Articles

Digital Cable Ready Arrives

Digital Cable Ready Arrives

Answers about Digital Cable Ready and the CableCARD

New Rules Make DTV Transition Easier
The FCC has adopted rules reached between the cable and consumer electronics industries that will help smooth the transition to DTV for millions of Americans. These "plug-and-play" rules will ensure that most cable systems are compatible with DTV receivers and related consumer electronics equipment. This is crucial toward building products, developing services and maintaining a market-friendly environment for HDTV. The cable plug-and-play rules are important to the DTV transition because they will facilitate the direct connection of digital navigation devices or customer premises equipment, such as television receivers, set-top boxes, and digital recorders that are purchased from retail outlets to cable television systems.

Plug-and-Play DTV
A "plug-and-play" DTV is a television that you can plug directly into your cable system and receive analog and most digital cable services without the need for a set-top box. The cable and consumer electronics industries have dubbed these types of televisions "digital cable ready" or DCR. More and more cable services are being provided in digital format, and broadcast stations are in the midst of the transition from analog to an all-digital service. These new sets make the DTV transition easy for the consumer.

Benefits of Plug-and-Play:

  • Many consumers like the convenience (and cost savings) of receiving cable programming without the need of a set-top box. If nothing else, it's one less remote control to keep track of!
  • You will be able to take your plug-and-play set virtually anywhere in the country and know it will work on cable systems offering digital services.
  • Plug-and-play will allow you to fully utilize the features and functions provided by the television set that often are disabled when connected to a cable set-top box.
  • Manufacturers will also be able to make other kinds of innovative new plug-and-play products, such as Digital Cable Ready hard-drive recorders, DVD recorders and personal computers. These products will be able to receive digital cable without the need for a set-top box provided by the cable operator.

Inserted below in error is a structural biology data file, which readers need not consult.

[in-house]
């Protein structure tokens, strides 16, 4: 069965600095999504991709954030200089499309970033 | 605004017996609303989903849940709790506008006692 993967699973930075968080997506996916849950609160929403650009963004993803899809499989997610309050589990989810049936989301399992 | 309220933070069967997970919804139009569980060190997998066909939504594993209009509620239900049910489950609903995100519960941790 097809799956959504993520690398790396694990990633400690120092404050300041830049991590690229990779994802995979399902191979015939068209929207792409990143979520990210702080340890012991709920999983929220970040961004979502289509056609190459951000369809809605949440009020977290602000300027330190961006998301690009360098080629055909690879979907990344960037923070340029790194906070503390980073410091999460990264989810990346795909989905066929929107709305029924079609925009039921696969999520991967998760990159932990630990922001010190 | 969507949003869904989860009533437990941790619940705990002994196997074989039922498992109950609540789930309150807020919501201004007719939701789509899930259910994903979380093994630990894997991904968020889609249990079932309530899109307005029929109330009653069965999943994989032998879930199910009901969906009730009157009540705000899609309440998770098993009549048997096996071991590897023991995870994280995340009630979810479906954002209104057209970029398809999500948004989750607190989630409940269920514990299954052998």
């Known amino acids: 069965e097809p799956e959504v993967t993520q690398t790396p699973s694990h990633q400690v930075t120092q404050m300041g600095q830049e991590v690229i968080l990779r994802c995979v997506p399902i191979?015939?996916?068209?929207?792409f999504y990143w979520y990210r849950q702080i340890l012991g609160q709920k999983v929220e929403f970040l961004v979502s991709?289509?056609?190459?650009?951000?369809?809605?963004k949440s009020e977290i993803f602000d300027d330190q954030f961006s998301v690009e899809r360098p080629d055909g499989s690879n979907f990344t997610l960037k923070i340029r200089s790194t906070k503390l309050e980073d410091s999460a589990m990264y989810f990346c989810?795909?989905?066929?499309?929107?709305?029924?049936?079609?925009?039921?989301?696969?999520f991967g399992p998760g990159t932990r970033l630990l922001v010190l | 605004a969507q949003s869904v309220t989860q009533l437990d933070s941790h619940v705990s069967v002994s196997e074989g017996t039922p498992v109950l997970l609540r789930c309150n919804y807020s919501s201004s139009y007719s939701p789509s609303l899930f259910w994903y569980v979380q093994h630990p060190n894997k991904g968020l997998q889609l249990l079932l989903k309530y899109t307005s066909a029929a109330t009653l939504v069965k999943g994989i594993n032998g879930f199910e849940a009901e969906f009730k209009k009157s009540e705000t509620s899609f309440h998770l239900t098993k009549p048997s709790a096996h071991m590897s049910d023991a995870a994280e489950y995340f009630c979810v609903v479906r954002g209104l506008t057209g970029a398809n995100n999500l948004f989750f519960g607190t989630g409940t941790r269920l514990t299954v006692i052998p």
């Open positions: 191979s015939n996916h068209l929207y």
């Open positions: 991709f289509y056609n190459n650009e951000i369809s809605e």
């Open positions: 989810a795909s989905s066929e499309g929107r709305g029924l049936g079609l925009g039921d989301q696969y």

New Digital Cable Ready HDTV's allow consumers to "plug and play" their way to DTV.

"CableCARD™"
Digital plug-and-play will not work quite like analog. For digital plug-and-play, you'll probably need to get a security card (also known as a "CableCARD™") from your local cable operator. The security card will permit you to watch scrambled programming and premium services, to which you're subscribed.

Will I Need A Set-Top Box If I Have A Plug-and-Play Set?
The first generation of plug-and-play sets will be able to receive one-way programming only, including analog basic, digital basic, and digital premium cable programming. If you want to receive certain advanced digital cable services like video-ondemand, the cable operator-enhanced program guide, or interactive data-enhanced television service, using a first generation set, you will need to use a set-top box. You may also need a set-top box to receive other cable operator-provided services.

Availability of Plug-and-Play Sets
Plug-and-play sets built pursuant to the new standards may be available as early as the second half of 2004. To know if you are buying a plug-and-play set, ask your retailer if the set is "digital cable ready." Manufacturers that use that label must meet certain technical standards and complete a testing and verification process.

Negotiations are underway between the cable and consumer electronics industries to establish standards that would permit plug-and-play sets to provide advanced two-way services as well.

Watching HDTV On A Plug-And-Play Set
Plug-and-play will permit you to watch digital programming, but as with all DTV sets, only HDTV plug-and-play sets will display full high-definition quality. To be sure, check with your retailer on whether the set displays full high-definition quality or a lower resolution. You should also ask your local cable provider if they offer HDTV programming.

This material has been adapted from HDTVGuide — a resource for information on the analog-to-digital transition, jointly produced by TWICE Magazine and CEA.

*See also the Federal Communications Commission fact sheet at www.fcc.gov.

Articles
@ecoustics

Founder & CEO, ecoustics.com

More in Articles

gender diversity graphic

Gender Diversity in Tech – The First Improvements to Make …

Philip LayApril 2, 2015
Fostex TH900 Headphones

Fostex Headphones and DACs Disrupt Market

Bob RapoportMarch 13, 2015
Eclipse Speakers

What Defines The Ideal Speaker?

Bob RapoportFebruary 23, 2015
salmon

Cloud Vendors Move Upstream Toward the Enterprise

Philip LayFebruary 18, 2015
Super Bowl 49 Seahawks Last Play

Worst Call in Super Bowl History – Seahawks Last Play SB49

Brian MitchellFebruary 5, 2015
Apple Macbook Pro 2013 Notebooks

Which MacBook Should You Buy?

Brian MitchellJanuary 26, 2015
Box vs. Dropbox

Battle of the Boxes: Box vs. Dropbox

Philip LayJanuary 25, 2015
TV Mounted Over Fireplace

TV Mounting Over Fireplace is Bad Idea

Bob RapoportJanuary 17, 2015
Top 20

2014’s Top 20 Trends & Disruptions in Enterprise and Consumer Markets

Philip LayDecember 18, 2014